“However, these led to an immediate rise in the prices of P and K fertilisers leading to a decrease in their use. More N fertiliser were used, distorting the NPK ratio to 6.9:3:1 in 2010-11 and further to 8.2:3.2:1 in 2011-12 as compared to 4.6:2:1 in 2008-09. This also drove up N2O emission,” the study showed.

However, the analysis goes on to show the total fertiliser consumption decreased steeply by 14 percent per year from 2011 to 12 to 2013-14. “Sudden fall in N-fertiliser use in 2000, 2002, 2009 and 2012 coincides with drought years in India. As a matter of fact, N2O emission also declined.”


Linking nitrous oxide emission to fertiliser price policy. Graph by researchers.

This has a very strong policy-relevant message for rationalising fertiliser pricing policy that can be designed to incentivise farmers towards the use of the officially prescribed science-based ratio of various fertiliser types.

“So fertiliser policy interventions have played a very important role in driving farmers’ behaviour towards fertiliser use which means that policy processes need to match with the NPK balance prescribed so farmers apply in right proportions as per prescribed standards. This would have mitigating effects on emissions and soil health,” Roy said.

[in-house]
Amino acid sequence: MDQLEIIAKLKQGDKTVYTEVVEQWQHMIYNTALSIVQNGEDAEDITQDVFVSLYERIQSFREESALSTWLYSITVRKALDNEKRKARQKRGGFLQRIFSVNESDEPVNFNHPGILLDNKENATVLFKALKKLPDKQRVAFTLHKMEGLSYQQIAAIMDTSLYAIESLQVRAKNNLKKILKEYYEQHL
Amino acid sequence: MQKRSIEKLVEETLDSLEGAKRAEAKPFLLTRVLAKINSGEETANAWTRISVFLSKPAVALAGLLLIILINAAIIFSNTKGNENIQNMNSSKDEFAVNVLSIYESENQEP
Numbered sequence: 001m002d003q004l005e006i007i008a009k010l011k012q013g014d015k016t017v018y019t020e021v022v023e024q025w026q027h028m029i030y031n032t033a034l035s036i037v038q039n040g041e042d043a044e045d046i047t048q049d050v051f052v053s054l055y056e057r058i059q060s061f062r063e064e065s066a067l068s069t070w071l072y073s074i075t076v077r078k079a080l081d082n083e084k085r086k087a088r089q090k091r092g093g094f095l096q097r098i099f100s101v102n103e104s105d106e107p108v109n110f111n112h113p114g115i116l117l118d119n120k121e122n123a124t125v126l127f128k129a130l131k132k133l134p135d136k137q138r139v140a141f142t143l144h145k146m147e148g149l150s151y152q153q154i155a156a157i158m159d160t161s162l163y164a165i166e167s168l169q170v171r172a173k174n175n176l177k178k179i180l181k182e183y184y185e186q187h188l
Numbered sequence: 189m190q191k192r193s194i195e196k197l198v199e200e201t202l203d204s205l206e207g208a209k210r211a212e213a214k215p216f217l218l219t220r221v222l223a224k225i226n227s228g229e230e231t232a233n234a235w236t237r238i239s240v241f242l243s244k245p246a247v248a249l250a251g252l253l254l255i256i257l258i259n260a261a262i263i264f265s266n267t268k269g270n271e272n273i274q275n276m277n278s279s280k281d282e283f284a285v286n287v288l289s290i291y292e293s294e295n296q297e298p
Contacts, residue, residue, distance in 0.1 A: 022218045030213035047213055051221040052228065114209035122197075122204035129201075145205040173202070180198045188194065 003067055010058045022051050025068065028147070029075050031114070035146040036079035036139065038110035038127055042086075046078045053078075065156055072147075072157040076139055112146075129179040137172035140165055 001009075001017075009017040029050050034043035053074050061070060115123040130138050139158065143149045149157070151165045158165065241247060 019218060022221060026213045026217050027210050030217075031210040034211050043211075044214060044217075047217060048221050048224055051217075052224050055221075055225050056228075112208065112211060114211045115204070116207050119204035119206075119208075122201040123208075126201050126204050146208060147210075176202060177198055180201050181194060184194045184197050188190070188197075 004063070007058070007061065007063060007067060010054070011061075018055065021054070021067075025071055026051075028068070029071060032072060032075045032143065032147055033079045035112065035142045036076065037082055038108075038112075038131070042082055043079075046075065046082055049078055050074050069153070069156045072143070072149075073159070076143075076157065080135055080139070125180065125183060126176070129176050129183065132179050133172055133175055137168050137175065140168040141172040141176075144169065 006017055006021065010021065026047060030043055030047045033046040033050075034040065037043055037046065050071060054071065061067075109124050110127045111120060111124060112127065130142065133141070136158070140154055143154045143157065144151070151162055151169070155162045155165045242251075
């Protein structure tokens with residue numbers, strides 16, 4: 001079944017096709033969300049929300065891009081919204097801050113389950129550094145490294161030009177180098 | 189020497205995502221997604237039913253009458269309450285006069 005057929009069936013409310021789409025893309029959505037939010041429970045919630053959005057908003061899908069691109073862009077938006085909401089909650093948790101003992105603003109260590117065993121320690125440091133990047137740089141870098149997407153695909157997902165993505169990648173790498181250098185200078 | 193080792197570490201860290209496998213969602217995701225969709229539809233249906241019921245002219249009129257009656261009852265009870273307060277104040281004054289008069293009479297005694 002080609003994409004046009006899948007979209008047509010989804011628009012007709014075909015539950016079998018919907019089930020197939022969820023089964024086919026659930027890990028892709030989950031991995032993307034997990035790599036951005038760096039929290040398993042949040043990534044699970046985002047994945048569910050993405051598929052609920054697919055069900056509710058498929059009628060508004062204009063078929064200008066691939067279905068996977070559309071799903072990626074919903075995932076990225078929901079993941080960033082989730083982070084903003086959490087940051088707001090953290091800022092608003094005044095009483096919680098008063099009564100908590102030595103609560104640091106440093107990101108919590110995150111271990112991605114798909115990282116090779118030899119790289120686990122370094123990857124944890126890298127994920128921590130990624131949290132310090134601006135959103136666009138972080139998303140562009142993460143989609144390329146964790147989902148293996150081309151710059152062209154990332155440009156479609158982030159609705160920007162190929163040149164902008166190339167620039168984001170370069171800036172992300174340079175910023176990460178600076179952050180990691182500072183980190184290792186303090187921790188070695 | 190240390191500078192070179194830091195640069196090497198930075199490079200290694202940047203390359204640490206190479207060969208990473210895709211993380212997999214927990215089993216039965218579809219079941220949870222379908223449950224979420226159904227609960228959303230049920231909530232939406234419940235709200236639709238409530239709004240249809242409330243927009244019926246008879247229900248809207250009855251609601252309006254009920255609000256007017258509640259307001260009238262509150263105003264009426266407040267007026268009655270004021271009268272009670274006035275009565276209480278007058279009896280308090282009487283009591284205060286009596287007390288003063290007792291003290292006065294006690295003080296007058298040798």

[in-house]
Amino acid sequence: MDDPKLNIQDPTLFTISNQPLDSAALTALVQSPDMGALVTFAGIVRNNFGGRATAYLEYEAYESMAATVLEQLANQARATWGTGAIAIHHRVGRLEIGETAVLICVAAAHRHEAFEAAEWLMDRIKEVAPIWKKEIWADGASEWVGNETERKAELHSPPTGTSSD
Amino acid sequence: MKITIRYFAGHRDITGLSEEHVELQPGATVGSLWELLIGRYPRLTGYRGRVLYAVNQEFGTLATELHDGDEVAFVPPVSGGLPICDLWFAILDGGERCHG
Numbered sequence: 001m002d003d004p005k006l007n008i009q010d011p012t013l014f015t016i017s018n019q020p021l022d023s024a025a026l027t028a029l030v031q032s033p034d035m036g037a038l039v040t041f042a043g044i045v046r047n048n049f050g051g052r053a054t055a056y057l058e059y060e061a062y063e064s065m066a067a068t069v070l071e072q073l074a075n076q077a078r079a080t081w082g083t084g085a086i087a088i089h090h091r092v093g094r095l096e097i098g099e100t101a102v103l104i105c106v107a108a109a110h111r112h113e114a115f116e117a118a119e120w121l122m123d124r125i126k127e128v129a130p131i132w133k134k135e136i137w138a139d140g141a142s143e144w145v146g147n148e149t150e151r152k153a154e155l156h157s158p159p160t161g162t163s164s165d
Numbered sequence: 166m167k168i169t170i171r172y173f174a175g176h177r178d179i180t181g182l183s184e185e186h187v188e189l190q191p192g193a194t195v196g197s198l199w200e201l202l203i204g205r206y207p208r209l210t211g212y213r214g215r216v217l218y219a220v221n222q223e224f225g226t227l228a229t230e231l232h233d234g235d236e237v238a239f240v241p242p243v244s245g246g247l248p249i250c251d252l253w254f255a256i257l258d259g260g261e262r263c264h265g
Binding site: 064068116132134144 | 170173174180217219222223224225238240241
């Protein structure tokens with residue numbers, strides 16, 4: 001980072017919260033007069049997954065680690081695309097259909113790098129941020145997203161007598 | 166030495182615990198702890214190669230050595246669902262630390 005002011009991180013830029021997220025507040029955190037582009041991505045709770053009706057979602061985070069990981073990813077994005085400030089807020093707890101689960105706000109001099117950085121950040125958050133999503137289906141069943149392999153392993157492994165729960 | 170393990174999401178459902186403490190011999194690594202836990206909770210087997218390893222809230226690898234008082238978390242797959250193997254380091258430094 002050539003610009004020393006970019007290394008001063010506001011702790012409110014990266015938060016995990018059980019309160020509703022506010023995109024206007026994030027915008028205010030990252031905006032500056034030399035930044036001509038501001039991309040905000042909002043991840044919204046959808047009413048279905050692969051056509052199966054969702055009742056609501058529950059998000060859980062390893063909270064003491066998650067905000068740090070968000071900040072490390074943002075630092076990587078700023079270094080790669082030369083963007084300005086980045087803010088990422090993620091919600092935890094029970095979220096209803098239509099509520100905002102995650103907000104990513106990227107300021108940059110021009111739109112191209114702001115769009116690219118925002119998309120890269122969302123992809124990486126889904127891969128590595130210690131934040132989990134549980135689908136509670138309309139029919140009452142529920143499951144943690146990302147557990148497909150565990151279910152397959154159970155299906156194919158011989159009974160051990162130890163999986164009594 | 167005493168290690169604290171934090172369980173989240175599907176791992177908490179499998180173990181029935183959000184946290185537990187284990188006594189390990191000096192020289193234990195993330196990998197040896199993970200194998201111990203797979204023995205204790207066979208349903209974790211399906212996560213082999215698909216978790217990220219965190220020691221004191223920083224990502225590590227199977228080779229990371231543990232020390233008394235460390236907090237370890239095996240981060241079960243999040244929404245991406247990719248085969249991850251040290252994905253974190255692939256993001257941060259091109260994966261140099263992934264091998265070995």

The findings are relevant to key global policy processes.

Need more ways to mitigate non-CO2 emissions

To be consistent with the Paris agreement of global warming of 1.5 degree Celsius above pre-industrial level there is a need for accelerated mitigation actions. The agricultural sector contributes 10 percent of the global direct GHG emission.

Indian agriculture contributes seven percent of the global emission from the agricultural sector. To explore mitigation options from Indian cropland based agriculture, comprehensive understanding of the past emissions from this sector and drivers of change are necessary.

“If you look at the IPCC 2018 report, it stresses that total emission comes down as fast as possible in alignment with the Paris agreement. You can’t do justice to the amount of reduction in the short period of time if you only consider carbon dioxide emissions. You have to also look at non-carbon dioxide emissions,” Roy said.

Although the component is not large compared to CO2, it is also not negligible. 

“Non-carbon dioxide emissions are under research and we really need to find out what are the ways and means to mitigate them. The bottom line is we have to simultaneously try to reduce emissions in all possible ways and from all possible sources. No potential should be left out,” Roy added.

Agriculture in Meghalaya. Photo by Sharada Prasad CS/Wikimedia Commons.


Some, S., Roy, J., & Ghose, A. (2019). Non-CO2 emission from cropland based agricultural activities in India: A decomposition analysis and policy link. Journal of Cleaner Production225, 637-646.